My grandfather was an exceptional cook. He was also a passionate fisherman and a keen shot, which went hand in hand with his skill in the kitchen. He almost exclusively cooked things he had grown, shot, caught or found. He was absolutely adored by his grandchildren because he was hilariously funny and incredibly mischievous and he lived a life that fascinated us all. His bootroom walls were lined with glamorous and exotic photographs of beautiful, empty beaches in Mexico, skiing in Grindelwald in the 1930s, stalking in Scotland, fishing in Ireland and motor racing in Monte Carlo.
While we thought his life was mesmerizingly exciting, it was also fabulously frugal – a strange and, as far as his sniggering grandchildren were concerned, a highly amusing combination.
He would think nothing of buying a couple of lobsters for a recipe but he would insist that we ate the almost-rancid butter with our toast for breakfast because he wasn’t going to throw it away. He would make a batch of cheese straws because he had found an old block of cheese in his larder that to him needed eating but to us looked like a serious health hazard. The cheese straws would then appear at the end of dinner to be consumed alongside an exceptional bottle of vintage port.
He would often invite us to stay with him individually when he would spoil us each in turn with delicious food. Dinner would always comprise a minimum of three courses – something along the lines of home-smoked salmon or homemade gravad lax followed by mouth-watering seasonal game, something made with fruit from his garden for pudding and then a savoury to finish, such as cheese soufflé or Scotch woodcock. We were always intrigued by the bottles of wine that would be brought out of the cellar and ceremoniously left to warm up on the back of the Aga. They were always thick with dust, rotting labels barely legible, and as children we put them into the same category as the blocks of moldy cheese frequenting the larder. As we grew up, we discovered that these magnificent bottles of vintage Chateau Branaire-Ducru and Lafite Rothschild were something considerably more noteworthy.
When my grandfather died two and a half years ago, my father asked each of us if there was anything of his that we would like to keep for ourselves as a special memory of him. I chose a beautiful old spice rack from his kitchen, which is now groaning under the weight of dozens of spice jars in my own kitchen – and his recipe books, one of which I just couldn’t resist writing about here.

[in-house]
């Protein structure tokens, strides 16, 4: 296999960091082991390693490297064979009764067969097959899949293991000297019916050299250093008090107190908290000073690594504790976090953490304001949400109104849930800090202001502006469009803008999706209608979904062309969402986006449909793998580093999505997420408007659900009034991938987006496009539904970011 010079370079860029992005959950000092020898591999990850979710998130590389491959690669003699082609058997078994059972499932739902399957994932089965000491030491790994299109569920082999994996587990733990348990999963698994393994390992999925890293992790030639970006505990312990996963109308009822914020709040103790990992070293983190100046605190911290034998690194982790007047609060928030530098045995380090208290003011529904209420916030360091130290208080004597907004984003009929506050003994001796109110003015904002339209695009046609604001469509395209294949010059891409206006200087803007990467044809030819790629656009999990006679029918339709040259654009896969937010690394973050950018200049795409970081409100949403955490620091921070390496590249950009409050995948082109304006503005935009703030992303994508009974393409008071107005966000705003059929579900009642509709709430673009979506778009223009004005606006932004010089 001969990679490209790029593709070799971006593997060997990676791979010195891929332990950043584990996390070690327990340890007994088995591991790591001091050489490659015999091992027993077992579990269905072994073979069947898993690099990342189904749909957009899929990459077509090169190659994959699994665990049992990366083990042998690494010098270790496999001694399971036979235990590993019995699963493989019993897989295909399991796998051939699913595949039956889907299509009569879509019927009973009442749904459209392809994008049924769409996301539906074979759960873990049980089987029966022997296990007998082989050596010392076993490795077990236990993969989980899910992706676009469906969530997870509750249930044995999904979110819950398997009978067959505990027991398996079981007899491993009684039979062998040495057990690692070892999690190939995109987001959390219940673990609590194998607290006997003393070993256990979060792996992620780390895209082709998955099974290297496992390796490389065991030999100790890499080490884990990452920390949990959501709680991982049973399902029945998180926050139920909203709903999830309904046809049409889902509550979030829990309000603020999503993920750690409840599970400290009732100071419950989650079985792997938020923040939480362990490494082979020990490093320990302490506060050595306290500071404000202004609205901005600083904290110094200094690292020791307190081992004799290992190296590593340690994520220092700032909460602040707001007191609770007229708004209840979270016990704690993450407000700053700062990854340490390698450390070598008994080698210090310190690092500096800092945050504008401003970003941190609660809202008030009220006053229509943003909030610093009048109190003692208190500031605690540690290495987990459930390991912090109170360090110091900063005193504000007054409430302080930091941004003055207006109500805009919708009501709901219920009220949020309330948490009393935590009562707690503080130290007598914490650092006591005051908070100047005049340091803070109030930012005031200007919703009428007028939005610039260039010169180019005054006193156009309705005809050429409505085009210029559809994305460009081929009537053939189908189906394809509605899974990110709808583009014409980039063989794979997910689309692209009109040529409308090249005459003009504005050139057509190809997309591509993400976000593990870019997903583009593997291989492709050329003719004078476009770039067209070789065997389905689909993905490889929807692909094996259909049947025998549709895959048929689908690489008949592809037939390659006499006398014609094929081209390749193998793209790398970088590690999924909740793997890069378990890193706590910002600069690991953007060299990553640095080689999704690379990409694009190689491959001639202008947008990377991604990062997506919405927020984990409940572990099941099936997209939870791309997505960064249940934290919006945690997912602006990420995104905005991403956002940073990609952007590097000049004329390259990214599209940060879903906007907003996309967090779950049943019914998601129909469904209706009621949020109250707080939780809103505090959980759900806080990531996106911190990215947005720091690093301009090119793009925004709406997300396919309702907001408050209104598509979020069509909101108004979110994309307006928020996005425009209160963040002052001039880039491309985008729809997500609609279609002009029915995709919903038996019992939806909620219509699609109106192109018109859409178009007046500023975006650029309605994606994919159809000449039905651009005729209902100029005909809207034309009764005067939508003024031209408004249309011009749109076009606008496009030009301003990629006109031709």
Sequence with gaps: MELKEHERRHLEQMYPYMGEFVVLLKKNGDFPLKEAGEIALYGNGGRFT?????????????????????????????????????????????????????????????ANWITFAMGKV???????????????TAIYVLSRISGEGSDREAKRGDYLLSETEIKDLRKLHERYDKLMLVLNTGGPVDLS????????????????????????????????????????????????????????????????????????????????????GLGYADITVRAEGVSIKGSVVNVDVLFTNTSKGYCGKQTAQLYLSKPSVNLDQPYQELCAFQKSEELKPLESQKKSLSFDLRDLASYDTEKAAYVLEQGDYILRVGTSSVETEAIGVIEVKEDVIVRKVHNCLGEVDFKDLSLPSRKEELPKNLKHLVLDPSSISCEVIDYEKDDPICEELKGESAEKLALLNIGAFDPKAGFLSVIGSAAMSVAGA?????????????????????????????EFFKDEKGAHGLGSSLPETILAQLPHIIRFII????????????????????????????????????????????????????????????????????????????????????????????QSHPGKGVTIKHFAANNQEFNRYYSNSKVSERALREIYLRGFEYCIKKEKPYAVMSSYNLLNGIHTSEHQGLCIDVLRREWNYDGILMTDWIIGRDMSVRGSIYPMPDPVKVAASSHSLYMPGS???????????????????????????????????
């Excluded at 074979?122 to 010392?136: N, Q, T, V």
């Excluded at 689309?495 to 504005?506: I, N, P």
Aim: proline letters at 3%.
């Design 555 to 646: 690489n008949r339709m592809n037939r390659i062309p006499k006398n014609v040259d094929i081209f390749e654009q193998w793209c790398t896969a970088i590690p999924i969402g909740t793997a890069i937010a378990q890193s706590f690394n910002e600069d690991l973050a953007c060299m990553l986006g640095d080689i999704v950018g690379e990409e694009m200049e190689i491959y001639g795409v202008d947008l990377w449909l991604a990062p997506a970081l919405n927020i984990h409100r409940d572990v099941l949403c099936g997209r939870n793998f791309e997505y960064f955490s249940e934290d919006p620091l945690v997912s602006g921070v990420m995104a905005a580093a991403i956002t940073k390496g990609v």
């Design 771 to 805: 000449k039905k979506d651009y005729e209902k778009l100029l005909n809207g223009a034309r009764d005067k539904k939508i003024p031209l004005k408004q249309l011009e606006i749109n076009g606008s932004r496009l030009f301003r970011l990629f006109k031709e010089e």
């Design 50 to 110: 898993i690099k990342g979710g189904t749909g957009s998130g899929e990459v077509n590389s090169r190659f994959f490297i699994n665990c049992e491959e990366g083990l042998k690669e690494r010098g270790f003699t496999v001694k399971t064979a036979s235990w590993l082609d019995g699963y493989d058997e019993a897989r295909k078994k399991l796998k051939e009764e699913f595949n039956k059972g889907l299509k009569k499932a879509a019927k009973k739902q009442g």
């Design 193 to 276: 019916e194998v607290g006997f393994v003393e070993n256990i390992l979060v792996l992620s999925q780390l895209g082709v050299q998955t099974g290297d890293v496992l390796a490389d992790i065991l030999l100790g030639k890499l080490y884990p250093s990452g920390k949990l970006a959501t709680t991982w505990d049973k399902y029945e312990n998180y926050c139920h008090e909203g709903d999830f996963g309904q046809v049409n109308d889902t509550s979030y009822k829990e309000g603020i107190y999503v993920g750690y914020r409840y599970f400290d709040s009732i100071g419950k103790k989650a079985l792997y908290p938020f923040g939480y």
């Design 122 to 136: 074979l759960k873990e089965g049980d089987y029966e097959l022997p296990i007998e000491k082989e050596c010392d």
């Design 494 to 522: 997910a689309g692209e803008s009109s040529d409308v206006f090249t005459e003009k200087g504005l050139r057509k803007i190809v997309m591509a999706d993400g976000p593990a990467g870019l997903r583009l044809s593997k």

It is actually a box of recipes that he must have collected from Harper’s Bazaar during the early 1960s. The box is full to bursting with hundreds of colourful recipe cards – it’s like a mini culinary museum and an intriguing insight into food of the time. There are some real finds in there, which I fully intend to try out and others that I can say with absolute certainty I will never be cooking. It is very surprising how many of the cards include really quite complicated techniques and unexpectedly diverse ingredients. (The first instruction in a recipe for Canard à la Mode is ‘Blanch a pig’s trotter and a calf’s foot.’) Despite our relatively recent fascination with cookery programmes, recipe books and celebrity chefs, these recipe cards from the 1960s assume a far greater knowledge of cooking than one would expect nowadays. There are numerous recipes that don’t include quantities at all, presumably leaving that up to the cook. There is one recipe that includes a demi-glace as an ingredient with no further instruction. I am certain there are many chefs who would struggle to make a demi-glace without referring to his notes. Another instruction that caught my attention was ‘Sautez the potatoes’. I have never seen a recipe in English before where this common culinary term has appeared with the correct French conjugation!
Having said that, I found one recipe simply entitled ‘Caviar & Smoked Salmon’. Ingredients – caviar & smoked salmon. It is not hard to imagine the method. A great number of the recipes have a ‘What to Drink’ section at the bottom where an appropriate accompanying drink is suggested. They range from ‘your best claret’ to simply ‘cocktails’ to the less auspicious ‘nothing very good, possibly lager’.
There are some recipes that are outrageously decadent – imagine a Waitrose recipe card for ‘Homard Mario’ for instance…
Ingredients for 4 people
- 2-4 lobsters according to size
- ½ pint of white truffles
- ½ pint of white button mushrooms
- Double measure of brandy
- 1 oz. butter
- 1 pint double cream
There is a recipe for Pheasant à la Gunzbourg (a heady concoction of pheasant, snipe, truffles and cream) for which the suggested wine is Château Latour 1920. I did research this one to see what it would cost me to follow it to the letter. A single bottle of this wine fetched US$1,800 at Christie’s in New York in 2010. I think it’ll have to be ‘nothing very good, possibly lager’.
There are others that are funny simply because of the way they’re written.
“Butter some greaseproof paper. On it put the sea bream…Fold up the paper, cut off the ends and seal them with white of egg, leaving at first a hole in one corner. Inflate the bag (not very hygienic) and seal the hole up.”
“Now add dry red wine (one of the rougher Italian ones)”
I haven’t even scratched the surface yet – and I wonder how many my grandfather cooked – quite a few judging by the floury fingerprints and spots of oil on some of the cards. If I had more time, I’d love to do a Julie & Julia and cook the lot. Donations for the Chateau Latour 1920 gratefully received.